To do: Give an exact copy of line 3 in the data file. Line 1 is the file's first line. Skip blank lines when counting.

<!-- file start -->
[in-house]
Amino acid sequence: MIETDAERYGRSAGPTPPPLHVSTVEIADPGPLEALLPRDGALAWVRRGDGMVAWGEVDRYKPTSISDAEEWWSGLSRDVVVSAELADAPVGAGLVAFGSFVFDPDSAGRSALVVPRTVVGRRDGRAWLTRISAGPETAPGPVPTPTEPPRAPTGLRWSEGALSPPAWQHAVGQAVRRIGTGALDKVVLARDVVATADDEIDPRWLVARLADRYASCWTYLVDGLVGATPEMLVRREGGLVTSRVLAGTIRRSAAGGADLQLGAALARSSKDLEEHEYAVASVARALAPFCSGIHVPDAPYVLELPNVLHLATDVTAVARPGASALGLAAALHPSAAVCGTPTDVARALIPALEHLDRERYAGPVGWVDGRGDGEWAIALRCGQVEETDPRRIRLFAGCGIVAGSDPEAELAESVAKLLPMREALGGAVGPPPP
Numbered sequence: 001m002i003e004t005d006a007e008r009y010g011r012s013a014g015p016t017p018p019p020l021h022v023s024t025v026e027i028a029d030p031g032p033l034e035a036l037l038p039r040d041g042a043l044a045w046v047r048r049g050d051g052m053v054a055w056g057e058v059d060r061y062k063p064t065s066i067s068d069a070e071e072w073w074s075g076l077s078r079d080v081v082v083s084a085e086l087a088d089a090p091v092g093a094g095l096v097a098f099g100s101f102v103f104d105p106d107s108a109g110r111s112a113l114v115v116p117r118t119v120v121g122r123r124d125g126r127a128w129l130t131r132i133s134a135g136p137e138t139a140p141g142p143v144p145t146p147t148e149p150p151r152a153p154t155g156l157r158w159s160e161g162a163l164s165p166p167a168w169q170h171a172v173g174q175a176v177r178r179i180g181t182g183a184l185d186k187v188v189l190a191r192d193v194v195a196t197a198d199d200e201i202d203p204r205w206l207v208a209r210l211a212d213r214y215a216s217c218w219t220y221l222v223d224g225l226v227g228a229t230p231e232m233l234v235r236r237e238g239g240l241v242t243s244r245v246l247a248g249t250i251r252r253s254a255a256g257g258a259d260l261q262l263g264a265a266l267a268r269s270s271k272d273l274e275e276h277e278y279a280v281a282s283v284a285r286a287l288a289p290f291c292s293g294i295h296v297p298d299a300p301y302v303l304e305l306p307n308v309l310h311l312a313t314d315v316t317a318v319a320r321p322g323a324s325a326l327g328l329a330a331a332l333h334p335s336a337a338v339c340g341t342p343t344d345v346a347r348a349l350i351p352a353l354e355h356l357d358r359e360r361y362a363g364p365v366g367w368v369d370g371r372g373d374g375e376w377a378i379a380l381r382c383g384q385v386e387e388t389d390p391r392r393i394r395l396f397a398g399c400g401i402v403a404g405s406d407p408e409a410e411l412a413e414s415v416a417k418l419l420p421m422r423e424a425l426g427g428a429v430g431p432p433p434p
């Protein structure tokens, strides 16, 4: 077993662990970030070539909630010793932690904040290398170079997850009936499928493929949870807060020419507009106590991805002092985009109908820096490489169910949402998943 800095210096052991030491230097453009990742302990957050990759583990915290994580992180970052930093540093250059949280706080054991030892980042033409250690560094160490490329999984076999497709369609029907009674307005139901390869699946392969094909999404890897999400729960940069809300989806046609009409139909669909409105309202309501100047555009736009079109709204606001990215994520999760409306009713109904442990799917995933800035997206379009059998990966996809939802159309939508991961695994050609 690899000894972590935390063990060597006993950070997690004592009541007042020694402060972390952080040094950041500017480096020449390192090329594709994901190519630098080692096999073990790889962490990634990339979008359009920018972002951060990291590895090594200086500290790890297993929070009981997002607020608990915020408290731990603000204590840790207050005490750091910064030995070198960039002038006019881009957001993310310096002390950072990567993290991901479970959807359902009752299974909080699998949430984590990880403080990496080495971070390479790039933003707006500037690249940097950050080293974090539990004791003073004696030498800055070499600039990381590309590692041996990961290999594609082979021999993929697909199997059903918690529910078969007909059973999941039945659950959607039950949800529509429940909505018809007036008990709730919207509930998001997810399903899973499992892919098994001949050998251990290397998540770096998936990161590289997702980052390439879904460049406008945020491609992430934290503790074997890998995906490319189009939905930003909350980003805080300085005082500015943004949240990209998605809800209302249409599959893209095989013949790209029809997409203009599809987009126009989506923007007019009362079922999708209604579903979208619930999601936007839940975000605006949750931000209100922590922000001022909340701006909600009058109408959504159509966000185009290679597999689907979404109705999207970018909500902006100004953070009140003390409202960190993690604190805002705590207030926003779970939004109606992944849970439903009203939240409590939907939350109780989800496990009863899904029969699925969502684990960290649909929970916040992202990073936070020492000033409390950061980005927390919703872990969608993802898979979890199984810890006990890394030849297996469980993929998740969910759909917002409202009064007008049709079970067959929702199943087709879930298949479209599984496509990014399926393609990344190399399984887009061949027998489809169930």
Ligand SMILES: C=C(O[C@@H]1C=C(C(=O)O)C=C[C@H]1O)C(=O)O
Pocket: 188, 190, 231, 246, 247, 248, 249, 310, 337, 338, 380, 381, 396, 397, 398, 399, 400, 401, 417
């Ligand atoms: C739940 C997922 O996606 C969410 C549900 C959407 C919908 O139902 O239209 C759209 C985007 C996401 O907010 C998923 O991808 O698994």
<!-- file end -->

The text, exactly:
Numbered sequence: 001m002i003e004t005d006a007e008r009y010g011r012s013a014g015p016t017p018p019p020l021h022v023s024t025v026e027i028a029d030p031g032p033l034e035a036l037l038p039r040d041g042a043l044a045w046v047r048r049g050d051g052m053v054a055w056g057e058v059d060r061y062k063p064t065s066i067s068d069a070e071e072w073w074s075g076l077s078r079d080v081v082v083s084a085e086l087a088d089a090p091v092g093a094g095l096v097a098f099g100s101f102v103f104d105p106d107s108a109g110r111s112a113l114v115v116p117r118t119v120v121g122r123r124d125g126r127a128w129l130t131r132i133s134a135g136p137e138t139a140p141g142p143v144p145t146p147t148e149p150p151r152a153p154t155g156l157r158w159s160e161g162a163l164s165p166p167a168w169q170h171a172v173g174q175a176v177r178r179i180g181t182g183a184l185d186k187v188v189l190a191r192d193v194v195a196t197a198d199d200e201i202d203p204r205w206l207v208a209r210l211a212d213r214y215a216s217c218w219t220y221l222v223d224g225l226v227g228a229t230p231e232m233l234v235r236r237e238g239g240l241v242t243s244r245v246l247a248g249t250i251r252r253s254a255a256g257g258a259d260l261q262l263g264a265a266l267a268r269s270s271k272d273l274e275e276h277e278y279a280v281a282s283v284a285r286a287l288a289p290f291c292s293g294i295h296v297p298d299a300p301y302v303l304e305l306p307n308v309l310h311l312a313t314d315v316t317a318v319a320r321p322g323a324s325a326l327g328l329a330a331a332l333h334p335s336a337a338v339c340g341t342p343t344d345v346a347r348a349l350i351p352a353l354e355h356l357d358r359e360r361y362a363g364p365v366g367w368v369d370g371r372g373d374g375e376w377a378i379a380l381r382c383g384q385v386e387e388t389d390p391r392r393i394r395l396f397a398g399c400g401i402v403a404g405s406d407p408e409a410e411l412a413e414s415v416a417k418l419l420p421m422r423e424a425l426g427g428a429v430g431p432p433p434p